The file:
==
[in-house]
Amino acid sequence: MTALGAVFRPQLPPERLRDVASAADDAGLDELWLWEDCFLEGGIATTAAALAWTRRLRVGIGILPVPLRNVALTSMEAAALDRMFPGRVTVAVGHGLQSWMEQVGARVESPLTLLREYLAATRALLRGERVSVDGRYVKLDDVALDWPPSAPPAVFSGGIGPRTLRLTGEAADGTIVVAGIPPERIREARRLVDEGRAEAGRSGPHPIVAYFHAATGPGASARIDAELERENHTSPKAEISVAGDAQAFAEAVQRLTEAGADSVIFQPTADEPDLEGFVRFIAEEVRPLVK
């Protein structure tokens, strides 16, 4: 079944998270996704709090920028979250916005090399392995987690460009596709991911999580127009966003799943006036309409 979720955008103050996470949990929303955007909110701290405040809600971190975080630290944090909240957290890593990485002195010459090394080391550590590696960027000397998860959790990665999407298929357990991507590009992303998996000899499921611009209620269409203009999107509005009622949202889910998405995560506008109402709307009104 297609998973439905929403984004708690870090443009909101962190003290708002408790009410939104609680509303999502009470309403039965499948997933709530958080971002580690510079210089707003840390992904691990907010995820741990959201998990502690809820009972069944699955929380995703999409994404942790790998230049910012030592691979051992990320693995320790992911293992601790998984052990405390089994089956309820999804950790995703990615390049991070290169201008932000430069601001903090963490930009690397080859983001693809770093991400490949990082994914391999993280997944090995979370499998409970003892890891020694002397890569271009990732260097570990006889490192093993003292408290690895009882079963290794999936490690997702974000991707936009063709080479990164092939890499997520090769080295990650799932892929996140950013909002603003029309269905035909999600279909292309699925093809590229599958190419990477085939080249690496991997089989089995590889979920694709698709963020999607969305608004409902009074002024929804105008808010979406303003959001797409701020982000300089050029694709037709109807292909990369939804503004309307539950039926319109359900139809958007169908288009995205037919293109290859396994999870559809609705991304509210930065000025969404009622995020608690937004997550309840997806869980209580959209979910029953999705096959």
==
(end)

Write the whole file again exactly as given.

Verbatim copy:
[in-house]
Amino acid sequence: MTALGAVFRPQLPPERLRDVASAADDAGLDELWLWEDCFLEGGIATTAAALAWTRRLRVGIGILPVPLRNVALTSMEAAALDRMFPGRVTVAVGHGLQSWMEQVGARVESPLTLLREYLAATRALLRGERVSVDGRYVKLDDVALDWPPSAPPAVFSGGIGPRTLRLTGEAADGTIVVAGIPPERIREARRLVDEGRAEAGRSGPHPIVAYFHAATGPGASARIDAELERENHTSPKAEISVAGDAQAFAEAVQRLTEAGADSVIFQPTADEPDLEGFVRFIAEEVRPLVK
């Protein structure tokens, strides 16, 4: 079944998270996704709090920028979250916005090399392995987690460009596709991911999580127009966003799943006036309409 979720955008103050996470949990929303955007909110701290405040809600971190975080630290944090909240957290890593990485002195010459090394080391550590590696960027000397998860959790990665999407298929357990991507590009992303998996000899499921611009209620269409203009999107509005009622949202889910998405995560506008109402709307009104 297609998973439905929403984004708690870090443009909101962190003290708002408790009410939104609680509303999502009470309403039965499948997933709530958080971002580690510079210089707003840390992904691990907010995820741990959201998990502690809820009972069944699955929380995703999409994404942790790998230049910012030592691979051992990320693995320790992911293992601790998984052990405390089994089956309820999804950790995703990615390049991070290169201008932000430069601001903090963490930009690397080859983001693809770093991400490949990082994914391999993280997944090995979370499998409970003892890891020694002397890569271009990732260097570990006889490192093993003292408290690895009882079963290794999936490690997702974000991707936009063709080479990164092939890499997520090769080295990650799932892929996140950013909002603003029309269905035909999600279909292309699925093809590229599958190419990477085939080249690496991997089989089995590889979920694709698709963020999607969305608004409902009074002024929804105008808010979406303003959001797409701020982000300089050029694709037709109807292909990369939804503004309307539950039926319109359900139809958007169908288009995205037919293109290859396994999870559809609705991304509210930065000025969404009622995020608690937004997550309840997806869980209580959209979910029953999705096959």